October 20, 24 and 27, 2023Senior PEP staff advocate for locally-generated evidence to inform more effective and sustainable policies at international development events.
PEP’s Executive Director, Prof. Jane Mariara, and two senior PEP staff advocated for locally-generated evidence as a vital component in policymaking, while speaking at three international events.
“Research and policy must go together. How do we build a bridge between research and policy at the national and local level?” asked Prof. Mariara at the What Works Global Summit 2023 in Ottawa, Canada, on October 20.
Prof. Mariara and Marjorie Alain were panellists during the session on “Knowledge mobilisation, evidence architecture and evidence to policy and practice".
As PEP’s Director of Engagement, Impact, and Monitoring and Evaluation, Ms. Alain explained how a policy paper analysis is an important tool for translating knowledge from researchers to policymakers, positioning evidence as a useful input for policymaking.
When asked how researchers can produce evidence that fits international donors’ themes and priorities but applies to the needs of the local situation, Ms. Alain explained that locally-based PEP researchers define their research questions in close consultation with the local stakeholders and research users. (Find out more about PEP’s approach.)
Prof. Mariara also highlighted PEP’s Call to Action to increase the participation of Southern researchers in economic development research debates, underlining the importance for governments to seek evidence locally.
Continuing on the topic of local evidence for policymaking, PEP’s Senior Programme Manager, Peter Nderitu, represented the organisation in a panel discussion on the role of North-South partnerships in localising evidence generation at the Southern Voice Research Conference 2023 in Nairobi, Kenya, on October 24.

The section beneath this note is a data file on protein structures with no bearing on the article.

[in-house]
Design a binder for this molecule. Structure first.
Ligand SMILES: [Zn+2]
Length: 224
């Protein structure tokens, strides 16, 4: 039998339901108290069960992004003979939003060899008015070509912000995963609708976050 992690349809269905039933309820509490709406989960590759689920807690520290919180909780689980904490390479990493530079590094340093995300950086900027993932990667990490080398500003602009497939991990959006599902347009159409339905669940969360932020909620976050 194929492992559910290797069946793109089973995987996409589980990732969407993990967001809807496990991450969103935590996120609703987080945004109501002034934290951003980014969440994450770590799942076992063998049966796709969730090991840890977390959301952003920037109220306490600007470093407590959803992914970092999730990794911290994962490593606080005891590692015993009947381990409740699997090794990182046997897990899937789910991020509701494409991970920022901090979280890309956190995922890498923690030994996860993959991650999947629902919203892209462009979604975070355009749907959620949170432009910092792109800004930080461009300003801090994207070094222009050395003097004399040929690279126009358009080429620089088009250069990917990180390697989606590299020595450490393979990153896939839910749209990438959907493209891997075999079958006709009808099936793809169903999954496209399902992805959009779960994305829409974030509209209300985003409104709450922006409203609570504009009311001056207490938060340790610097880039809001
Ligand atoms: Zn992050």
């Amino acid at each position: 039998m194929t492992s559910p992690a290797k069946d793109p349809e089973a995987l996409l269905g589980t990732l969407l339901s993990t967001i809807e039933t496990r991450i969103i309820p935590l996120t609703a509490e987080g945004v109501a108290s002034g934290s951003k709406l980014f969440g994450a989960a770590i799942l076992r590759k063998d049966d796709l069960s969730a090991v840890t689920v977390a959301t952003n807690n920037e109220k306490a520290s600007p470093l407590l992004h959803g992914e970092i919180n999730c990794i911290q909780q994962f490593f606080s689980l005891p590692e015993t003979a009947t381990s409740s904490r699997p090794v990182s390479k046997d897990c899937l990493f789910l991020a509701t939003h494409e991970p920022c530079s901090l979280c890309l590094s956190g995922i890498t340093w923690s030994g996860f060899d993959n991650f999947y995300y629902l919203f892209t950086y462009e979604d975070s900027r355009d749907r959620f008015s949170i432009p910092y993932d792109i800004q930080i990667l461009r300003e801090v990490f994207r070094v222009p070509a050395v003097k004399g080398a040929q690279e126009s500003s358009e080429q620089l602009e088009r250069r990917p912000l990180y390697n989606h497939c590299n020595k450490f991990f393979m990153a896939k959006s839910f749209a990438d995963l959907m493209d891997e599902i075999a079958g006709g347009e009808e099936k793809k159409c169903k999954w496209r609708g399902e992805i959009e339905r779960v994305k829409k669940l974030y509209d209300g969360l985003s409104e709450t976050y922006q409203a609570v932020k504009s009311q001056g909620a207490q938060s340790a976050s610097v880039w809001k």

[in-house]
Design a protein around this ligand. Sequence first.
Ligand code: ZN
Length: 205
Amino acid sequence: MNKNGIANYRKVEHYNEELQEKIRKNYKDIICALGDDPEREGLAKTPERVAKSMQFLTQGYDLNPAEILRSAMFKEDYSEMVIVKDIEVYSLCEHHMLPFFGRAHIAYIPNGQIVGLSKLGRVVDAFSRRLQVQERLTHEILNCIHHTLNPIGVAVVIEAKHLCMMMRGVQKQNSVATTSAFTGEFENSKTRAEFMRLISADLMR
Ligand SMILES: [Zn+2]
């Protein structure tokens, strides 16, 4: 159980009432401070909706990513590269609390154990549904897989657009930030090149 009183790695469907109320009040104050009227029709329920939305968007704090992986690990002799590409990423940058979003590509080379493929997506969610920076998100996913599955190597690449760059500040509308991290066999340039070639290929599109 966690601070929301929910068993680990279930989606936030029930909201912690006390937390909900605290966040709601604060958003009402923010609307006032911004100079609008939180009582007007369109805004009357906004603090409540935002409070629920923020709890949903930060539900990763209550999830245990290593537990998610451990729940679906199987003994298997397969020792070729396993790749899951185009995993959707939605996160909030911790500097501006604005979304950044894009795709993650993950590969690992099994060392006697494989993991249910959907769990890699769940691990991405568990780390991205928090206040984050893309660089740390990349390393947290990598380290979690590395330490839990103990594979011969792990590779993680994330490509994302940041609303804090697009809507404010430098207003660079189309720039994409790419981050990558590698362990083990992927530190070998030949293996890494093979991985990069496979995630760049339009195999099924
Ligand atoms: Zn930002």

When asked about the challenges PEP faces as a Southern organisation seeking to partner with Northern donors, he said: “Capacity building has fallen out of favour [with Northern donors] but remains an important part of research delivery initiatives for ensuring the quality of the evidence generated by local researchers.”
Mr. Nderitu also called for donors to allocate more resources to support locally-led evidence generation, and particularly impact evaluations, as the supply is not sufficient to meet increasing demands.
On October 27, Prof. Mariara spoke about amplifying the voices of Southern researchers in the Global South at two sessions—the Global Perspectives panel and the Town Hall on Challenges to Democracy—during the Fulbright Canada Colloquium IV in Honolulu, Hawai’i. She reiterated how policies based on locally-generated evidence address the problems that people care about on topics and in countries that are relevant but marginalised.